While reading the excerpt Rappel À L’ordre, The Case For the Tectonic by Kenneth Frampton I noticed how he described architecture as a form of art. According the Frampton, tectonics plays an important role along with the method of construction in architecture. The word “tectonics” in Sanskirt means “taksan” referring to an ax or carpenter. Frampton also discusses the use of heavy timber frame wall, which derived from the “primitive hut.”
I choose to find an excerpt that discussed the history, the change, and the use of timber over the decades. The book Construction + Materiality written by Lorraine Farrelly gives very good insight to the construction methods of wood timber. Timber is multipurpose building material. Farrelly explains, “It’s possible to design and construct a building entirely of timber, from its frame and wall coverings to the roof. In addition to its versatility, timber is the ultimate sustainable material.” Timber offers aesthetic advantages compared to other building materials. Over time the timber can weather and add to the design scheme. The use of wood and timber over the past centuries has changed tremendously. For example, in 5000 B.C. farmers introduced the style of Neolithic constructed by timber. The form was derived from the shape of Viking ships. It is highly possible the craftsmen worked on both houses and boats. Farrelly states, “In much contemporary architecture the use of timber has become increasingly appropriate as the building industry responds to the sustainable sourcing and application of materials debate.” The innovation over time allows us to do some pretty remarkable stuff today with timber such as: simply using timber for a decorative effect, curved timber, and parametric structures. Many applications of timber can be used in the design and construction of a building. When creating the structural frame, a nice aesthetic way to use timber is by showing the exposed structural system. To strengthen the structure engineering timber can be used. The roof frame will consist of several elements such as: trusses, beams, joists, and purlins. In the excerpt was a case study by Glenn Howells Architects and the design of The Savill Building. This building stood out to me because of the aesthetic of how they shaped the wood. The building serves as a visitor center for Windsor’s Great Park. The design of this roof structure was to draw the eye upward upon entering, which creates the vision to look over the internal facilities.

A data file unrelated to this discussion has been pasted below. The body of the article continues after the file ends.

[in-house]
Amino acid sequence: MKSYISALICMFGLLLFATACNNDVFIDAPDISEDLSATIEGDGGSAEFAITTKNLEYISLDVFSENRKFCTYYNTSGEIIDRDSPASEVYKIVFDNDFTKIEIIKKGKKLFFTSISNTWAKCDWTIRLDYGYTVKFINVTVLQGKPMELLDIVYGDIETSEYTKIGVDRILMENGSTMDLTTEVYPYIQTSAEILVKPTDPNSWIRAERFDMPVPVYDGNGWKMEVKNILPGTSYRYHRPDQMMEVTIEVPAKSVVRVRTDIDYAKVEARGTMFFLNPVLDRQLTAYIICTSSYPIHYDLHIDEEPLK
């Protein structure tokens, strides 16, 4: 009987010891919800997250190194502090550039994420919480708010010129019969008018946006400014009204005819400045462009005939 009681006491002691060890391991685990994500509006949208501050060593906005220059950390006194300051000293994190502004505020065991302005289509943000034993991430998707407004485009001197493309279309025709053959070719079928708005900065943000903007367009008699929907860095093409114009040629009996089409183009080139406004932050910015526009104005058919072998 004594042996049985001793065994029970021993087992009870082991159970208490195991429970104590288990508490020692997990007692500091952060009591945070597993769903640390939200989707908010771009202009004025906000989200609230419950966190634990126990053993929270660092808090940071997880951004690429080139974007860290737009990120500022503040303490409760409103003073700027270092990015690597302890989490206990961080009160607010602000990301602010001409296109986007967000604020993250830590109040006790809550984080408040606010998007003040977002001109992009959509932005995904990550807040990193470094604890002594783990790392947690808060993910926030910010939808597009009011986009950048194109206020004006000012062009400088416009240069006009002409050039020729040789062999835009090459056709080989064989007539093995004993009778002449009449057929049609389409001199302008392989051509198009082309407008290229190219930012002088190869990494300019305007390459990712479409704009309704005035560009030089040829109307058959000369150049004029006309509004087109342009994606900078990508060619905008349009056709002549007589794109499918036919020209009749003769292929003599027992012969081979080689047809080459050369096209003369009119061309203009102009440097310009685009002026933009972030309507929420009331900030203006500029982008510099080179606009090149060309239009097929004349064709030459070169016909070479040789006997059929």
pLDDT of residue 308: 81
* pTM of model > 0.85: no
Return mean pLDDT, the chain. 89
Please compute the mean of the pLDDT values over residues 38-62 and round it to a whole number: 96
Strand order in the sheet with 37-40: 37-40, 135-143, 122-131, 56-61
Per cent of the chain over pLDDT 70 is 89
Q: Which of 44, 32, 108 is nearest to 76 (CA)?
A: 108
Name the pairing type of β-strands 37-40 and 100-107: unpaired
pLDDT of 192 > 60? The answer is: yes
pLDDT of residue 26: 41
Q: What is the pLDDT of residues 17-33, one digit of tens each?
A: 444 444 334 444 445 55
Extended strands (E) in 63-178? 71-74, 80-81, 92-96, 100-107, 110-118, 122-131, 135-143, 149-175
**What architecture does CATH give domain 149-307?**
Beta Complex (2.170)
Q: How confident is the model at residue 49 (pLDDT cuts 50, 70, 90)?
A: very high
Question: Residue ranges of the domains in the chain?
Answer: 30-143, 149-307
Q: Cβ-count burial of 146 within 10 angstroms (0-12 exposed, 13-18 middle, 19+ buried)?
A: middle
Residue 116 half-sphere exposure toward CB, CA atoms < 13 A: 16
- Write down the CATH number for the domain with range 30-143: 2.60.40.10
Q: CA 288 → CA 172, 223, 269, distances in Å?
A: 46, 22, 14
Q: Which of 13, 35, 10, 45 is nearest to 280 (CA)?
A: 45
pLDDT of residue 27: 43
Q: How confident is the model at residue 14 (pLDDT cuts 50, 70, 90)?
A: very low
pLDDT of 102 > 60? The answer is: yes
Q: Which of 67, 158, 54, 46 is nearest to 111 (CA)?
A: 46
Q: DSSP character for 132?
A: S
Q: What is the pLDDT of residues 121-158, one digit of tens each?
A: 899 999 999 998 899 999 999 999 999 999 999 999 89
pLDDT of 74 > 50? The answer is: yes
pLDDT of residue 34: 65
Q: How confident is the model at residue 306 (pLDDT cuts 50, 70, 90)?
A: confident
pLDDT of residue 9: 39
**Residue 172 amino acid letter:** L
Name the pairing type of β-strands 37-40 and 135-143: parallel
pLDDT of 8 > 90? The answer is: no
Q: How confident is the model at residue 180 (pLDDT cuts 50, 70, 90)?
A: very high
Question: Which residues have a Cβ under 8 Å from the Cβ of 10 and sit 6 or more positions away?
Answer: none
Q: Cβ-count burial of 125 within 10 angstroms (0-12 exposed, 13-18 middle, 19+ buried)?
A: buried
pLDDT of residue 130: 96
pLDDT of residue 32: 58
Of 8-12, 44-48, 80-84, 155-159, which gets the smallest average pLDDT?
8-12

Exterior Perspective of Savill Building
Interior Perspective of roof in Savill Building
Sources:Frampton, K. Rappel À L'ordre, The Case For the Tectonic. 1-7
Farrelly, Lorraine. Basics Architecture. “Construction + Materiality”
Vol. 2, 68-97